by which, I mean, inheriting someone else’s user experience design, or proposal, or thesis, or presentation, or, even, 5 year plan. there is nothing quite so painful but satisfying as developing your user experience methodology and describing, in the most insightful of prose, the application of the process unto the design challenge that is the growth target that begets the business that spawns the project that produces the artefact that describes the outcome that provides the design solution. from whence that design solution was so eloquently detailed is the brainism that you channelled and distilled and expertly crafted into methods and practices and timelines and checkpoints that spake of some experience alchemy magick’d up from your mind cauldron.
in other words, its nice to define a process that supports a practice that enables you to deliver against your goals and make the online world that little bit better each time. actually, that last bit might be a rather grandiose and pompous blart, but without there being kind of user experience light at the end of the funnel towards which we steer the online improvement charabanc, why would we bother?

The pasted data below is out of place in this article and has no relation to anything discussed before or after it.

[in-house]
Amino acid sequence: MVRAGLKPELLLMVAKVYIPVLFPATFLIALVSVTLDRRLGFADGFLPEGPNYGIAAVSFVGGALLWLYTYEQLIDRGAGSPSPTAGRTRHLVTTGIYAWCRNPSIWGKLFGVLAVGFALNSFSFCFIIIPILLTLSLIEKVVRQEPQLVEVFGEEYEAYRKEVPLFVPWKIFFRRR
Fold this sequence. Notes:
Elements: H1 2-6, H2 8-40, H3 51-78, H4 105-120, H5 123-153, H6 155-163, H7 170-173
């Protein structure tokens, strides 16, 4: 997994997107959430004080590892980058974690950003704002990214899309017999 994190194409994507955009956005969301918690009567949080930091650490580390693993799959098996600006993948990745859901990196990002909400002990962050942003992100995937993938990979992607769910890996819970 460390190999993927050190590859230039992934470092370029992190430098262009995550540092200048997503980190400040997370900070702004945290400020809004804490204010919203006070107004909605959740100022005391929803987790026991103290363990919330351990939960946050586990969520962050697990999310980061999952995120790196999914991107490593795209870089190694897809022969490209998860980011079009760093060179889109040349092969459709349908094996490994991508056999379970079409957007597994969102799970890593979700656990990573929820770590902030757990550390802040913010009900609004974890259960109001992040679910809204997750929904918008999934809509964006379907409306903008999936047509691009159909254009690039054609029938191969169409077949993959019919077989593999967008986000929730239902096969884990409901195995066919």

therefore, having just said whatever I just said there, it’s a significantly greater challenge to mind-mangle a process design when it actually begins as someone else’s. I’m currently co-working on a proposal for developing an experience design practice that helps enable a business transition. except that proposal is someone else’s and I’m collaborating on the further development and enhancement to get it to where it ends up on a projector in a boardroom and people start raising their eyebrows and checking their iphones for status updates from farmville, but its a good challenge. its also a challenge that’s likely to make the outcome more successful. in this case, the two heads are much better than the one head. the one head being mine.